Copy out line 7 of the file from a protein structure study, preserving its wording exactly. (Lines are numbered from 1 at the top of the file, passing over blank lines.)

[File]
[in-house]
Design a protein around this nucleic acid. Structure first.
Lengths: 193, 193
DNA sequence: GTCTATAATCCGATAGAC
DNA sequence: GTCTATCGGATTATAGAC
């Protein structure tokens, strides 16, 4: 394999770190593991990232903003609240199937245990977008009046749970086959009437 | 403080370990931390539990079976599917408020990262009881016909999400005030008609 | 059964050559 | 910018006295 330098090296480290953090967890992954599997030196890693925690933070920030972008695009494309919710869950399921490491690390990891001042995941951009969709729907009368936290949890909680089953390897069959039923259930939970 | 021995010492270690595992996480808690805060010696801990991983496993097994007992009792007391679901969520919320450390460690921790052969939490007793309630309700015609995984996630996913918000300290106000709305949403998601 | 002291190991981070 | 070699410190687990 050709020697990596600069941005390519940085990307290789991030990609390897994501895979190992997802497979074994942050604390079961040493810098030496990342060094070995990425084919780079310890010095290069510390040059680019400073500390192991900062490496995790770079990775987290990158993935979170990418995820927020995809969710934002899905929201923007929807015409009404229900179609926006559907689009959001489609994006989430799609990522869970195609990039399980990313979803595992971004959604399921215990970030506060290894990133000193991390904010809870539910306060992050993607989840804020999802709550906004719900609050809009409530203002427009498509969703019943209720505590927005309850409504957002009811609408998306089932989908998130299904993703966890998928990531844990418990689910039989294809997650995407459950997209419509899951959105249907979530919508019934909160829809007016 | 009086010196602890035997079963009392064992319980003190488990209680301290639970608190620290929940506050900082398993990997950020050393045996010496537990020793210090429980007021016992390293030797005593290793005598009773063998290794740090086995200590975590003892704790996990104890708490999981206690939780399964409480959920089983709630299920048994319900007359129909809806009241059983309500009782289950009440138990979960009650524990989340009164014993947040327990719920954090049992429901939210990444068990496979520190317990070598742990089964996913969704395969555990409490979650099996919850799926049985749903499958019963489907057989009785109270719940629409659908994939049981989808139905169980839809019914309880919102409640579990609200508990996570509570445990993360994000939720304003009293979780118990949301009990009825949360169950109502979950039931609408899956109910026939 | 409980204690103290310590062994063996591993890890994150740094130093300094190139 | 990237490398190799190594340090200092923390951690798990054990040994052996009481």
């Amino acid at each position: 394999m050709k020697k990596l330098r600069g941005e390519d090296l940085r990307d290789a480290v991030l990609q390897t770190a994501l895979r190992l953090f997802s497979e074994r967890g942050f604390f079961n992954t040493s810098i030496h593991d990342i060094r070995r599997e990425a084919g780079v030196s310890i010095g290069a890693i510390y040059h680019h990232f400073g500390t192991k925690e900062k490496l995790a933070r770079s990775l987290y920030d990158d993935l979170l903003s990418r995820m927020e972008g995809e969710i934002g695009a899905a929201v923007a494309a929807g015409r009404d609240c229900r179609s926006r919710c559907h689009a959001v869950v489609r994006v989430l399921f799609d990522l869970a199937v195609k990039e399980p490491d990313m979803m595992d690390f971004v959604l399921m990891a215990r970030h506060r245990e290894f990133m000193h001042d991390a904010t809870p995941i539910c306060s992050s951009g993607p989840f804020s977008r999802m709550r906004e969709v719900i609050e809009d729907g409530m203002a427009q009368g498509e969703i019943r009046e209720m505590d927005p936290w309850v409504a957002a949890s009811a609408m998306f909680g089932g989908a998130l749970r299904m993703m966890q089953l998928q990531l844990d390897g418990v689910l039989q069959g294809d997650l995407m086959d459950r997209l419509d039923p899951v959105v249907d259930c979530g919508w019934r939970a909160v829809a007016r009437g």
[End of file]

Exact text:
């Amino acid at each position: 394999m050709k020697k990596l330098r600069g941005e390519d090296l940085r990307d290789a480290v991030l990609q390897t770190a994501l895979r190992l953090f997802s497979e074994r967890g942050f604390f079961n992954t040493s810098i030496h593991d990342i060094r070995r599997e990425a084919g780079v030196s310890i010095g290069a890693i510390y040059h680019h990232f400073g500390t192991k925690e900062k490496l995790a933070r770079s990775l987290y920030d990158d993935l979170l903003s990418r995820m927020e972008g995809e969710i934002g695009a899905a929201v923007a494309a929807g015409r009404d609240c229900r179609s926006r919710c559907h689009a959001v869950v489609r994006v989430l399921f799609d990522l869970a199937v195609k990039e399980p490491d990313m979803m595992d690390f971004v959604l399921m990891a215990r970030h506060r245990e290894f990133m000193h001042d991390a904010t809870p995941i539910c306060s992050s951009g993607p989840f804020s977008r999802m709550r906004e969709v719900i609050e809009d729907g409530m203002a427009q009368g498509e969703i019943r009046e209720m505590d927005p936290w309850v409504a957002a949890s009811a609408m998306f909680g089932g989908a998130l749970r299904m993703m966890q089953l998928q990531l844990d390897g418990v689910l039989q069959g294809d997650l995407m086959d459950r997209l419509d039923p899951v959105v249907d259930c979530g919508w019934r939970a909160v829809a007016r009437g």